While it appears all was good during the campaign, Six Points did not have permission to use President Obama's likeness on the label. Every opportunistic corporation from magazine publishers to collector coin marketers appears able to ride the wave of Obama popularity, but the feds are drawing the line when it comes to beer.

The interesting thing is that a TTB spokesperson is quoted in news reports as saying that the agency had given approval for the product, which it now says was done in "error." So Six Points followed the rules, but they have had to shutdown production and destroy any inventory they had of the product.

Hop Obama was released on March 12, 2008, by Six Points. It was sold in New York and Massachusetts. The beer was made with five different European malts, three different types of Pacific northwest hops and a Scottish yeast.

Budvar Volume Up 4.5 Percent

Budejovicky Budvar, the state-run Czech brewery, said its annual production surged by 4.5 percent in 2008 in the face of the global economic crunch.

The company said it sold 34.7 million gallons of beer, up 1.6 million gallons from 2007. Exports by the company were down about 1 percent during the same time frame. The company was coming off a record year of foreign sales.

Budvar is exported to 54 countries. In the U.S., because of a long running trademark dispute over the Budweiser brand name, the brand is sold as Czechvar.

Charlotte Beer Club & Stoudt's Brewery to Host Pints for Prostates Event on March 5th

The Charlotte Beer Club and Stoudt's Brewery are hosting an event on March 5th and they have made space available to Pints for Prostates so the group can spread the word to more men about PSA testing.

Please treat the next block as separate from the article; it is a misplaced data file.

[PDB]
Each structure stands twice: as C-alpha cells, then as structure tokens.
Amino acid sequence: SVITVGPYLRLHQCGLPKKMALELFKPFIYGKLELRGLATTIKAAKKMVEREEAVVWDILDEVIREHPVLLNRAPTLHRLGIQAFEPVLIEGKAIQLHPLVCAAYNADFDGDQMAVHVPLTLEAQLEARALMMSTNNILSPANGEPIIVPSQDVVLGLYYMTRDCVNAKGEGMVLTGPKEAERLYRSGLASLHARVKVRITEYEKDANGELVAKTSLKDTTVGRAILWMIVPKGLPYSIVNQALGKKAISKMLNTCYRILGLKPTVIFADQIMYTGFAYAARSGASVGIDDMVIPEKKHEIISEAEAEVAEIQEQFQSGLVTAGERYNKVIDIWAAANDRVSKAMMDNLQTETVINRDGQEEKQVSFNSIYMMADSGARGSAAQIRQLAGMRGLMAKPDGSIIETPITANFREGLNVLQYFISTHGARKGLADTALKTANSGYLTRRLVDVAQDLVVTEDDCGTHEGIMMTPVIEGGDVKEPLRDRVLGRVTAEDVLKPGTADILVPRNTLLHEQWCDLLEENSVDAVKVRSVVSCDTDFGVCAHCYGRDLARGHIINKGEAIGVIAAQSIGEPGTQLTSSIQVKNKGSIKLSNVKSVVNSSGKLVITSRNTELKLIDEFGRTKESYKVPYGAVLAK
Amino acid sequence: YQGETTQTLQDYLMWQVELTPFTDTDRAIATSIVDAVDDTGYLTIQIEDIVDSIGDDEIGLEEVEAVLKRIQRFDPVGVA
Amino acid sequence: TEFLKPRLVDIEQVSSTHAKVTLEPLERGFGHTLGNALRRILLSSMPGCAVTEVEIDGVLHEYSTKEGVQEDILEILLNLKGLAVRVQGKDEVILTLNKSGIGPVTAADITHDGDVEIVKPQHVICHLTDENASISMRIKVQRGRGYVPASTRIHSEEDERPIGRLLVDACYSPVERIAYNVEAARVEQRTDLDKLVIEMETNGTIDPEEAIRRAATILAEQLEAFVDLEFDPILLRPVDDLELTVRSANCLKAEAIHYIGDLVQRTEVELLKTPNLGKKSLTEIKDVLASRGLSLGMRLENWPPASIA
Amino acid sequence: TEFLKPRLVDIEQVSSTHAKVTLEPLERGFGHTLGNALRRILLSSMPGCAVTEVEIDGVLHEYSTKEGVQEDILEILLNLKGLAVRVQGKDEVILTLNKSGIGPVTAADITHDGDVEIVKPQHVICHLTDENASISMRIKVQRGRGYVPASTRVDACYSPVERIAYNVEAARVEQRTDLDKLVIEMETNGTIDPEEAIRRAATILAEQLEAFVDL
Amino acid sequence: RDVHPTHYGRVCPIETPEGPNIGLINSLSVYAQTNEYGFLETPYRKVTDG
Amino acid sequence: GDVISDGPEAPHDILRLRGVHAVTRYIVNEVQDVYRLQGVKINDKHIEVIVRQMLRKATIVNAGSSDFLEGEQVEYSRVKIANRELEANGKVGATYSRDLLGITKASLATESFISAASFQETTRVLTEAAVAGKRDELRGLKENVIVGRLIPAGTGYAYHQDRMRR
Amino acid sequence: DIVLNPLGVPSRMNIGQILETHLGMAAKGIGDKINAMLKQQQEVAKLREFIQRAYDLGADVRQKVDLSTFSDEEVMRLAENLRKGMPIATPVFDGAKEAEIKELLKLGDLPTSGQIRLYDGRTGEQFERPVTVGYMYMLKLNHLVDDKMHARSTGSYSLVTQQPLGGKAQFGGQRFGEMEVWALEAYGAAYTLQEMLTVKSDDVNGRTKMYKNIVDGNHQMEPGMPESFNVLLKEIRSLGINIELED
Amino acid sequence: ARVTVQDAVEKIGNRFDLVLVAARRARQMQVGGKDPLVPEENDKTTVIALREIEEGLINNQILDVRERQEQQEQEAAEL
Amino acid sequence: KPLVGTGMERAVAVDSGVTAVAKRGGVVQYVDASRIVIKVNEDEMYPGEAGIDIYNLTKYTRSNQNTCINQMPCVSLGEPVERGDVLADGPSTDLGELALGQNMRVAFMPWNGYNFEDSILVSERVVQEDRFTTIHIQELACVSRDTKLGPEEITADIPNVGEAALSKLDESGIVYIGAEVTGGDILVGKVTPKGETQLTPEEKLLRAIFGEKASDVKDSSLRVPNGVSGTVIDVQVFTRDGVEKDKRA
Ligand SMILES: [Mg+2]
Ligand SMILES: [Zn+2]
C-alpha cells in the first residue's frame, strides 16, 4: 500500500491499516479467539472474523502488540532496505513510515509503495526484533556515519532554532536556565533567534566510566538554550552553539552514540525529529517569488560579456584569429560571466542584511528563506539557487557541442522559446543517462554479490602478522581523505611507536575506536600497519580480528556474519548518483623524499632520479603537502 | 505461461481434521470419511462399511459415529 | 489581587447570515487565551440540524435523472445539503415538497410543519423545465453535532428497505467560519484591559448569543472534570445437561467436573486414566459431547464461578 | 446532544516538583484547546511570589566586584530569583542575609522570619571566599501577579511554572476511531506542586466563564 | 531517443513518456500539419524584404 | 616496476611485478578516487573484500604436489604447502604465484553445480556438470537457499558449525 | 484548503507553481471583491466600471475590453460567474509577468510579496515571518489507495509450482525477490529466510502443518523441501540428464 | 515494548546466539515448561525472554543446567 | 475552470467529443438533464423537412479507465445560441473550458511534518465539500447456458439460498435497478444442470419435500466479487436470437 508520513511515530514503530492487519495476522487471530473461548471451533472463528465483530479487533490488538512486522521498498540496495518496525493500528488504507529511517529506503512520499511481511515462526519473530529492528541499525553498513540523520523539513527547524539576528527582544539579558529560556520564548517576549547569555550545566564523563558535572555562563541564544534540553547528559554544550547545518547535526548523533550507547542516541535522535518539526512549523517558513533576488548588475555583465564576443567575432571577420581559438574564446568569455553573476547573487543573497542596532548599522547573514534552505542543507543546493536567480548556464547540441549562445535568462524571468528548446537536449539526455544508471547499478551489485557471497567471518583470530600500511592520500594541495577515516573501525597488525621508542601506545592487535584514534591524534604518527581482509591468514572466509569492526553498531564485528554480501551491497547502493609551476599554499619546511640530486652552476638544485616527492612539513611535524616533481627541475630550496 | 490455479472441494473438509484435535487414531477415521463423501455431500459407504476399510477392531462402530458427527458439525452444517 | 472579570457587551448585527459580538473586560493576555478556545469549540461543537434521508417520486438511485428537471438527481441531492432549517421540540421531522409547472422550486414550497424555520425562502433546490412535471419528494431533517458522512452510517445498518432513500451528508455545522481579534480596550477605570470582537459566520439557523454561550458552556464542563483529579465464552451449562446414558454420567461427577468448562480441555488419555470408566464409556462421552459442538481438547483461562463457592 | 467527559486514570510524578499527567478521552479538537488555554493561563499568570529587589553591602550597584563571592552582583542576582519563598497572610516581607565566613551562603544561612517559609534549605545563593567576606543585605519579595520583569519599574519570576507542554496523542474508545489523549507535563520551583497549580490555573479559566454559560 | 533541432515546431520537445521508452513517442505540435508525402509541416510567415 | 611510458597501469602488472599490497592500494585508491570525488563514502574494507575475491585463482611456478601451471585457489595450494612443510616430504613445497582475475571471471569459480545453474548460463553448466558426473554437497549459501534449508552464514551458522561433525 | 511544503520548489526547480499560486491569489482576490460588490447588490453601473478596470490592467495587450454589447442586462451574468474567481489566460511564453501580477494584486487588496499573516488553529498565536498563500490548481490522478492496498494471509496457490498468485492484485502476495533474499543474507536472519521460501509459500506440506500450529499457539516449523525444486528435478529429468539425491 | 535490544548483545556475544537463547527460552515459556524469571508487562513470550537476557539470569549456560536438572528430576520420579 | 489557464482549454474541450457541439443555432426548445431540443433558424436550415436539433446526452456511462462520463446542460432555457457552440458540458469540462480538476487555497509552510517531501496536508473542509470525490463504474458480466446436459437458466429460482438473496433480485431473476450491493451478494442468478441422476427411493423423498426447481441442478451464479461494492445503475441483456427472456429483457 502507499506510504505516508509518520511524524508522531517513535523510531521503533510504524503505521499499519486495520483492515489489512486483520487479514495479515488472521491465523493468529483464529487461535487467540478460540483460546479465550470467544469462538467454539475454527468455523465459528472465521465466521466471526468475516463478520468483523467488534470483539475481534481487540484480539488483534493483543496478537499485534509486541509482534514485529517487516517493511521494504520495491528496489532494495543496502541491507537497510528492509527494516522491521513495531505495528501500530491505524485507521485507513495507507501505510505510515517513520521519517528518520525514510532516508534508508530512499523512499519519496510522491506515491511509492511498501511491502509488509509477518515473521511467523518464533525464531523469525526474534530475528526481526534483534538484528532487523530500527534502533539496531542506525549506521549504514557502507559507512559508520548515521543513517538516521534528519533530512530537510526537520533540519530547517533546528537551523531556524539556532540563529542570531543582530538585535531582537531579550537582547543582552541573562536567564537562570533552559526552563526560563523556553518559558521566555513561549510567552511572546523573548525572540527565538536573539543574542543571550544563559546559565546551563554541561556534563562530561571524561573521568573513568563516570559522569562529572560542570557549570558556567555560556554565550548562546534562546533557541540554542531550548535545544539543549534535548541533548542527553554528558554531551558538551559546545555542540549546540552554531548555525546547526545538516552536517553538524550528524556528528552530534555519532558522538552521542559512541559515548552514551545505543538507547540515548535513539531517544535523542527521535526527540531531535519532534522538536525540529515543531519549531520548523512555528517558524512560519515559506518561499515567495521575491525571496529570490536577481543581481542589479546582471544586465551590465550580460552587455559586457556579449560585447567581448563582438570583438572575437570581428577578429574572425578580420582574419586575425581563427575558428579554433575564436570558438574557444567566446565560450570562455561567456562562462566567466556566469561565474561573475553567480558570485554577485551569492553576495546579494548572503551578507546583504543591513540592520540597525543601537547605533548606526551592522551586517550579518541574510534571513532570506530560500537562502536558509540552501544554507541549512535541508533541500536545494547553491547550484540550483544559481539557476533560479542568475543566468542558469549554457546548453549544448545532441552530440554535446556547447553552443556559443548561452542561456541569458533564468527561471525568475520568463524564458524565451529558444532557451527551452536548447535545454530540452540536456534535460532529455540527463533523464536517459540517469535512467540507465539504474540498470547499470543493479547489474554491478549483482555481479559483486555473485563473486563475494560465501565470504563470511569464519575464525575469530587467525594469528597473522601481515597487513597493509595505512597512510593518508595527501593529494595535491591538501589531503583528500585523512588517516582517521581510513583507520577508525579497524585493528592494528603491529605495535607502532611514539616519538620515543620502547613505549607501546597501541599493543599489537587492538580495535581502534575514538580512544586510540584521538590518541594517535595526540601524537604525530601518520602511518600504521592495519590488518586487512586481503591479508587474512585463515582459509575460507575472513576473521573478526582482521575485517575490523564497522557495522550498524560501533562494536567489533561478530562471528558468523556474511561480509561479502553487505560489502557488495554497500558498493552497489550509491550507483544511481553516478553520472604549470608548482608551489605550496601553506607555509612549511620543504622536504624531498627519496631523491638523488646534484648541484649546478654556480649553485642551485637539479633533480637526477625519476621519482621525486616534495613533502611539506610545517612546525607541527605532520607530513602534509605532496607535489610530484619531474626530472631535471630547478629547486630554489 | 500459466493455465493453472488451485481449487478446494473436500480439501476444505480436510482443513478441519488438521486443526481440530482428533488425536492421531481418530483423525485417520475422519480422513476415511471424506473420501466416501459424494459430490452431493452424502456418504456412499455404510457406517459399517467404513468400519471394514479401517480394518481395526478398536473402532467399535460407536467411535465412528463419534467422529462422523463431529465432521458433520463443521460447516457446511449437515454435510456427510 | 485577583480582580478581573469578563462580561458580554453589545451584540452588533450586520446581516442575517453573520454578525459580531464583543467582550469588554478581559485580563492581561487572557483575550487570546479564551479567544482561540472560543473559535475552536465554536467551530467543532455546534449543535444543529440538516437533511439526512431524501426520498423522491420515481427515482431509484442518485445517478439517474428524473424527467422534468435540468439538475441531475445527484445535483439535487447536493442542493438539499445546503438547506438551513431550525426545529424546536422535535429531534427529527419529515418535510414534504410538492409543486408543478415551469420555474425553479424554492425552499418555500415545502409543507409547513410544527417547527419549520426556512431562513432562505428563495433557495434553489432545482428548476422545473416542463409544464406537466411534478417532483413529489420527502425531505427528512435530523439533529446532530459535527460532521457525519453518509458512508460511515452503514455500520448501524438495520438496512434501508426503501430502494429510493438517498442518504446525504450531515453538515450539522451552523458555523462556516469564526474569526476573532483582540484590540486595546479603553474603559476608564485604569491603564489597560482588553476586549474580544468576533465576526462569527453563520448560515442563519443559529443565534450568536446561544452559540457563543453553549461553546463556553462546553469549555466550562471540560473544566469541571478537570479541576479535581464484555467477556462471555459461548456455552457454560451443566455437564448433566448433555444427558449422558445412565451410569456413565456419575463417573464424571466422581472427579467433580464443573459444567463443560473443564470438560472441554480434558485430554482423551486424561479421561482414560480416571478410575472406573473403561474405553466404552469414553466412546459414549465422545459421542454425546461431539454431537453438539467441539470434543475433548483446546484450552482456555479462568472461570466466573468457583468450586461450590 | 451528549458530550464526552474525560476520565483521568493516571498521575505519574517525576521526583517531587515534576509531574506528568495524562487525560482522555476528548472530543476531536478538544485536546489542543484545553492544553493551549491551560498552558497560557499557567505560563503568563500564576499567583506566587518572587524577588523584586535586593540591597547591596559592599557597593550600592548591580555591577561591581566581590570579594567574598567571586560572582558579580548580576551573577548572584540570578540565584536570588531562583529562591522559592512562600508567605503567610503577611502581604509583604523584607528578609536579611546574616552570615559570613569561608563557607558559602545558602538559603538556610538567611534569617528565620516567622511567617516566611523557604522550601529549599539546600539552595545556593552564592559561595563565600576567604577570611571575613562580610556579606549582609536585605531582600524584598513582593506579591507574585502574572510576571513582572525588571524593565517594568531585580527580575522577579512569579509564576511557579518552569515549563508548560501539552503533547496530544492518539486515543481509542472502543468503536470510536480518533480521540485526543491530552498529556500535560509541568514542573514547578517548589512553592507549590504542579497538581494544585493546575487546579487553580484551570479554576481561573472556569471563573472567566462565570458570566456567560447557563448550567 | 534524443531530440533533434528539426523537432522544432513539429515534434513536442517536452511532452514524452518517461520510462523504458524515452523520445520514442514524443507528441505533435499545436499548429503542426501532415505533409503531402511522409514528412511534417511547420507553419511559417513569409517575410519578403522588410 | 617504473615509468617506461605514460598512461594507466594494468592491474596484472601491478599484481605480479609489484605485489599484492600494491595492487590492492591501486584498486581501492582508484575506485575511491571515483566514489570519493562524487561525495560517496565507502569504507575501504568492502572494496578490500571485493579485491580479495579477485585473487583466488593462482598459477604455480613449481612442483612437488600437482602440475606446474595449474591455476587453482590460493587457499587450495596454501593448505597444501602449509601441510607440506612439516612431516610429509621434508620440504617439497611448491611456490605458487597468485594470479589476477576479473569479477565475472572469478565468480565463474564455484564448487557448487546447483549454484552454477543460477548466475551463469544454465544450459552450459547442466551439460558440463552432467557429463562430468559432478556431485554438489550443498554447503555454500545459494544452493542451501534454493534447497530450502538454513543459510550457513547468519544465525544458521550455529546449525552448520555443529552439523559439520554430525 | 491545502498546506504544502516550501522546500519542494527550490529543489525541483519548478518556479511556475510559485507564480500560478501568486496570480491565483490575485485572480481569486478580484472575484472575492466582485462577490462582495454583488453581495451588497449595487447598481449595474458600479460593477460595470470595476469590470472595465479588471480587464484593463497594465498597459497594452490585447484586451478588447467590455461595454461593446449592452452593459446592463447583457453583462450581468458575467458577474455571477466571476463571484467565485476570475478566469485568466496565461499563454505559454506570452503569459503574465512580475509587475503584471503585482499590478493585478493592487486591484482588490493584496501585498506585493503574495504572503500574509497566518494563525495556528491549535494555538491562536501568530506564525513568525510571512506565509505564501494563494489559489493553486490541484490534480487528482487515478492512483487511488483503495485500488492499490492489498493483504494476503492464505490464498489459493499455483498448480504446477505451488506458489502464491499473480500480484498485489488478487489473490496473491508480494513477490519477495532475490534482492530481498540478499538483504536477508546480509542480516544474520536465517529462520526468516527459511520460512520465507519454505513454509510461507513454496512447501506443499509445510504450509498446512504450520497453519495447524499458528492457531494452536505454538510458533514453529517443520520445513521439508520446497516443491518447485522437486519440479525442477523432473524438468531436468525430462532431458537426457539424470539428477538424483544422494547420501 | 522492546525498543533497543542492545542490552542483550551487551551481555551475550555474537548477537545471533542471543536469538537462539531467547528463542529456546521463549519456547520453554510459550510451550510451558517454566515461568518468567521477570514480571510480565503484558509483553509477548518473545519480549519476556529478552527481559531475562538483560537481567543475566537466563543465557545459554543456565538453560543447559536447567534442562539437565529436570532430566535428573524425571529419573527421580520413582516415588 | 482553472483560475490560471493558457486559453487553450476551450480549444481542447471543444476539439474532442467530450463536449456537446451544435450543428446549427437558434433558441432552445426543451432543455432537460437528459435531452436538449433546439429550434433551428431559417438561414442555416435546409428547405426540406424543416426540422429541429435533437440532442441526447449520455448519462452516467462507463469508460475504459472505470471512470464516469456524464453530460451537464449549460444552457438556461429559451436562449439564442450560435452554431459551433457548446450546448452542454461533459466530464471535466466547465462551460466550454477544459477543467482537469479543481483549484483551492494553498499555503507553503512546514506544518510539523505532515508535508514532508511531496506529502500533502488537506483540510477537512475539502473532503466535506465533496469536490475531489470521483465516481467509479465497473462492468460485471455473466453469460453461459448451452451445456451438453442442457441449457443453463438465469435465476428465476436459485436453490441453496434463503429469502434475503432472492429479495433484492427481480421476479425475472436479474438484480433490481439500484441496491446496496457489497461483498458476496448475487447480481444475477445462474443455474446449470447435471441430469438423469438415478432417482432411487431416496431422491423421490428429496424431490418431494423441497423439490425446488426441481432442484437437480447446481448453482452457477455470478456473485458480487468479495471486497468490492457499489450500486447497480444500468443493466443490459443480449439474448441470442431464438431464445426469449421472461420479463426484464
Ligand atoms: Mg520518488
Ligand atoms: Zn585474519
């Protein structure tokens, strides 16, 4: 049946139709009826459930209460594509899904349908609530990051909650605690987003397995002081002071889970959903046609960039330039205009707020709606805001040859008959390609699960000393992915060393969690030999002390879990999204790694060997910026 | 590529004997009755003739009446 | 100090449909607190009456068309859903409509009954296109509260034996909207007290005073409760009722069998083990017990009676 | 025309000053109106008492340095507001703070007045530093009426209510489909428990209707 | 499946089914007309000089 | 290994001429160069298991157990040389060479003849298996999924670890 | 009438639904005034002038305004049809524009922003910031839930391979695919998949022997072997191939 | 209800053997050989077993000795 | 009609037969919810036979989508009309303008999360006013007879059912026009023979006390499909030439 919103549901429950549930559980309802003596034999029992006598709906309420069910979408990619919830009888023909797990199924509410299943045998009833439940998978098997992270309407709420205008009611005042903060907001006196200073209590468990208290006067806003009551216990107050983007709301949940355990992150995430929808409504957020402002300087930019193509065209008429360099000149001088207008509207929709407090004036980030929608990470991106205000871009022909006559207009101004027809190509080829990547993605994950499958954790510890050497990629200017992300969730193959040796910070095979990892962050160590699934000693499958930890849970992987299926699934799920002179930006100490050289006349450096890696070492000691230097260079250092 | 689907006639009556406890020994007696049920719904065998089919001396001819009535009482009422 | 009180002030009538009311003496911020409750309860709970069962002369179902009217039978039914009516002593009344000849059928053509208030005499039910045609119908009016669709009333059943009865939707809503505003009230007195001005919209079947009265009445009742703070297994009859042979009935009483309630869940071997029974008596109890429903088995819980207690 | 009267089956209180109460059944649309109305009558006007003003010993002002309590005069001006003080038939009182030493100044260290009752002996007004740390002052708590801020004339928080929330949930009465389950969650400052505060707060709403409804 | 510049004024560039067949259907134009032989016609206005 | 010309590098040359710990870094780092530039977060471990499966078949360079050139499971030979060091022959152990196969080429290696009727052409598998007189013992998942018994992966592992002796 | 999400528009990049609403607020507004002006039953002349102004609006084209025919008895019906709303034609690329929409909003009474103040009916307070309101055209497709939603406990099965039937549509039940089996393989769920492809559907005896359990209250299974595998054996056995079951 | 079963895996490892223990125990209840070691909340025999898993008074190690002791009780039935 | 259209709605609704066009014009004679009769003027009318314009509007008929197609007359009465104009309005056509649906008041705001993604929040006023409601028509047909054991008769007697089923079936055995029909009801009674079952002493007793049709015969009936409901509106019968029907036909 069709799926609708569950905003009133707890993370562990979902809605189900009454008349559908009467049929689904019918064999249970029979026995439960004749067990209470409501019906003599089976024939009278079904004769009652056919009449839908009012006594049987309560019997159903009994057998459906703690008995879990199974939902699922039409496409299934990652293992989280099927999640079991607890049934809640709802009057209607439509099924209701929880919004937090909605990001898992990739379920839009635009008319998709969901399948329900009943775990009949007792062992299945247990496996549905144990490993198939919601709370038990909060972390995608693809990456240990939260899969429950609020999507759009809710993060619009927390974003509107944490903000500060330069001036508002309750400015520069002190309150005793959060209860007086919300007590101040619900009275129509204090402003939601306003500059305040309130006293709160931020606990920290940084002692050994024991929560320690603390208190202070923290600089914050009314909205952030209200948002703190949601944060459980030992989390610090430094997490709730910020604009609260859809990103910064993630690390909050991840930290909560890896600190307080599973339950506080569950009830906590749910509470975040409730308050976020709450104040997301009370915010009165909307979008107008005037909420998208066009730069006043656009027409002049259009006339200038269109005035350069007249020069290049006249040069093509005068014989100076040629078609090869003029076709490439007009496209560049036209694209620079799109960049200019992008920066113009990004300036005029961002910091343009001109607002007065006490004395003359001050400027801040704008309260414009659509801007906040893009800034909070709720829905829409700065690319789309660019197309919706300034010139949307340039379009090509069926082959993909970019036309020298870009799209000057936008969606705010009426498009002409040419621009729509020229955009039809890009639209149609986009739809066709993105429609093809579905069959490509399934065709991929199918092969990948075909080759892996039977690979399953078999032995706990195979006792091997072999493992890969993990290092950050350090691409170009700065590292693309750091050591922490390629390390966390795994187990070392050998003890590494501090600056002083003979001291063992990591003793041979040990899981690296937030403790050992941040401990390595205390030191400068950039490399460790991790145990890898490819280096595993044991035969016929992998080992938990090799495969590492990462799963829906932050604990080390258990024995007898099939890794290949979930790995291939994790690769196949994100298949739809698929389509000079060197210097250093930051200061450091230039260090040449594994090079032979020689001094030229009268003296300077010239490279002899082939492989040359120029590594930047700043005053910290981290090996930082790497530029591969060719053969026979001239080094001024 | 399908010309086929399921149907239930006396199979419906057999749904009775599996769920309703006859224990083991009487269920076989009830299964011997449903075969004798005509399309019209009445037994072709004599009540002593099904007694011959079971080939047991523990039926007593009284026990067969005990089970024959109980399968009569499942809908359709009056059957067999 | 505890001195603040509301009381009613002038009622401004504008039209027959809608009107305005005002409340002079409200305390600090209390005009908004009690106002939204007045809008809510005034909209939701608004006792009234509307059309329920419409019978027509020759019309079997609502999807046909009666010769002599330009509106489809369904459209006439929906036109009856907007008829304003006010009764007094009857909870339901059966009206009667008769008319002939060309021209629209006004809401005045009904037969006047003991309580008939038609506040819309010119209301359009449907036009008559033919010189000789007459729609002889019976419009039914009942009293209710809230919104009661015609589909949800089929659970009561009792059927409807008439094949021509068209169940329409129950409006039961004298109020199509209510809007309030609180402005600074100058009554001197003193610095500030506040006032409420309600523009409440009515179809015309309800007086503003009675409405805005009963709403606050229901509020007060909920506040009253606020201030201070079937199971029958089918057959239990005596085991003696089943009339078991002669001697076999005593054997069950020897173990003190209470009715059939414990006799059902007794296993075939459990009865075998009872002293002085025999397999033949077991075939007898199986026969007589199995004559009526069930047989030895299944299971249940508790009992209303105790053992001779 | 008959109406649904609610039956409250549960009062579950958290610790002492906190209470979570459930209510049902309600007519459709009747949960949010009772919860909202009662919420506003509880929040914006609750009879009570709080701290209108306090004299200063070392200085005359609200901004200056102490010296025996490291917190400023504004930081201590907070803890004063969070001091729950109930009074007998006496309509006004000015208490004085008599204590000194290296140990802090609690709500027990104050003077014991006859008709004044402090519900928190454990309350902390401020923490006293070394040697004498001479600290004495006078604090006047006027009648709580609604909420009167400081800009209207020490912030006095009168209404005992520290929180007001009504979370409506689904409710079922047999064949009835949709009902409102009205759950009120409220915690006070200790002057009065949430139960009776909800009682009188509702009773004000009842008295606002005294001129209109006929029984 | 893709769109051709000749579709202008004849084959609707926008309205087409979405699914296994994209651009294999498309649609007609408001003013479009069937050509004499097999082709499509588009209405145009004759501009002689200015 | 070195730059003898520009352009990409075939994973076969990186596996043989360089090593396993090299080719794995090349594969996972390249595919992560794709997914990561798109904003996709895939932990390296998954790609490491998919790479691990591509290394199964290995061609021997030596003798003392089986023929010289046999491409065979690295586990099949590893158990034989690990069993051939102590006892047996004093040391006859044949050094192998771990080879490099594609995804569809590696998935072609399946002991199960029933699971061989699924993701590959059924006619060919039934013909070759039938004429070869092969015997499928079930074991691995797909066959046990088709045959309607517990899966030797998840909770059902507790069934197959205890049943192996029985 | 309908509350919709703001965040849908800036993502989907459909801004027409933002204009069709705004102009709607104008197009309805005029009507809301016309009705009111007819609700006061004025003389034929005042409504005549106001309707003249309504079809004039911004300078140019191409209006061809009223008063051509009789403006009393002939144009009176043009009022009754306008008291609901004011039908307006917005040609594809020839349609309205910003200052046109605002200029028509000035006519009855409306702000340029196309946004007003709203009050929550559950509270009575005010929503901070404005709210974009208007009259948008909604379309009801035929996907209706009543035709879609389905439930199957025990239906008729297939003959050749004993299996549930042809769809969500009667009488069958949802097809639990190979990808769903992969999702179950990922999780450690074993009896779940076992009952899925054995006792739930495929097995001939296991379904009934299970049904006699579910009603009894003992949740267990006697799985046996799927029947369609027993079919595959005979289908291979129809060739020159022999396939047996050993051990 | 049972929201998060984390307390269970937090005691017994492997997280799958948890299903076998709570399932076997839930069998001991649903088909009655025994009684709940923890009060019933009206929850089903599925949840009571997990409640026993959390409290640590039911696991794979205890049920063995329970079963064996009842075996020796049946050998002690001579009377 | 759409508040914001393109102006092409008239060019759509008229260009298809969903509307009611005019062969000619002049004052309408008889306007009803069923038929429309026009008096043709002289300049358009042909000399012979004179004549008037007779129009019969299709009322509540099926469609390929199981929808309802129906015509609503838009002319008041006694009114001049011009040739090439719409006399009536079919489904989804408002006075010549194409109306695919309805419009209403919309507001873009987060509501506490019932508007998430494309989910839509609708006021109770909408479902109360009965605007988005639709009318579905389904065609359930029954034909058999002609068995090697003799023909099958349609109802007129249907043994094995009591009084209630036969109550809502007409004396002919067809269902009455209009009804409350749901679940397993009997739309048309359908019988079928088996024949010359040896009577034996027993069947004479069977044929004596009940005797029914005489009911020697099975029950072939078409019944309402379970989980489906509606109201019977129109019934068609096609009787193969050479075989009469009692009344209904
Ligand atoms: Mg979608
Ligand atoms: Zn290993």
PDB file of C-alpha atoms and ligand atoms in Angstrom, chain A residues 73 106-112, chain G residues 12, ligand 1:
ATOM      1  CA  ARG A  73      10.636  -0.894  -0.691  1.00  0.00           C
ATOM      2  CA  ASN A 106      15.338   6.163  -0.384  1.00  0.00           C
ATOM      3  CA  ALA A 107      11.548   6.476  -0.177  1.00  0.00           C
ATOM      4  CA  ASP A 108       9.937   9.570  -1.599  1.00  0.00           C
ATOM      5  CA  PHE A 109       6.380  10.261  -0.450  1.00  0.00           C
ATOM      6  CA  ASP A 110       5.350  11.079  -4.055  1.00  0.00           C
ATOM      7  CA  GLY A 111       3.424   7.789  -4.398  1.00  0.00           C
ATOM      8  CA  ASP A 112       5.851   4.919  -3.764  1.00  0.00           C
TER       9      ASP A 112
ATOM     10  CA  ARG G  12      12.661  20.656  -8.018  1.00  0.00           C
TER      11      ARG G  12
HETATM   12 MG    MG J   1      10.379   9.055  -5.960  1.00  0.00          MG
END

If you are in the Charlotte area on March 5th, please plan to stop by Jackalope Jacks at 1936 E. 7th St. between 6-8 p.m. This event is open to everyone, you do not need to be a Charlotte Beer Club member to attend -- but you should consider joining. There will be specials on Stoudt's beers and appetizers served. Stoudt's Brewery from Pennsylvania is one of the early craft brewers in the Northeast and they make a number of very nice beers.

Pints for Prostates will have a table set up at the event with information for men and the group will accept donations. All money raised by Pints for Prostates goes to help Us TOO International in its mission to support, educate and advocate for men with prostate cancer and their families.

Tuesday, February 10, 2009

Tuesday Tasting: Italian Reds

Tuesday Tasting is a regular feature of Lyke2Drink that explores some of the best beers, wines and spirits on the market. This week we sample some red wines from Italy.

The Beyond Beer column in the current issue of All About Beer magazine focuses on Italian wine. During my visit to the country back in the fall it was clear just how important wine is to the overall culture. Even the huge wooden doors to the Duomo in Florence have grapes and vines carved into them.

There are 20 different recognized wine regions in Italy. They pretty much run from the top to the bottom of the boot. Tuscany is the best known. But regions like the Piedmont, Trentino, Umbria, Veneto, Sicily, Lombardy and others produce excellent wines. About 65 percent of all wine produced in Italy is red. Chianti is the best known style in the U.S., but Barolo, Barbaresco, Barbera and Brunello are all great reds that should be tried.

Here are tasting notes for six Italian reds:

Bolla 1995 Amarone della Valpolicella: The grapes that go into this wine dry on straw mats for 90 days before being pressed. The wine appears to be slightly burnt red and cloudy. There is a nice mellow flavor to the wine with hints of purple skin fruit and a slight smokiness to the finish.

Campomaggio 2003 Chianti Classico Riserva: This DOCG wine has some wood notes to the nose. It is light in body but has plenty of flavor. Black cherries and plum come through in the overall dry base of the wine.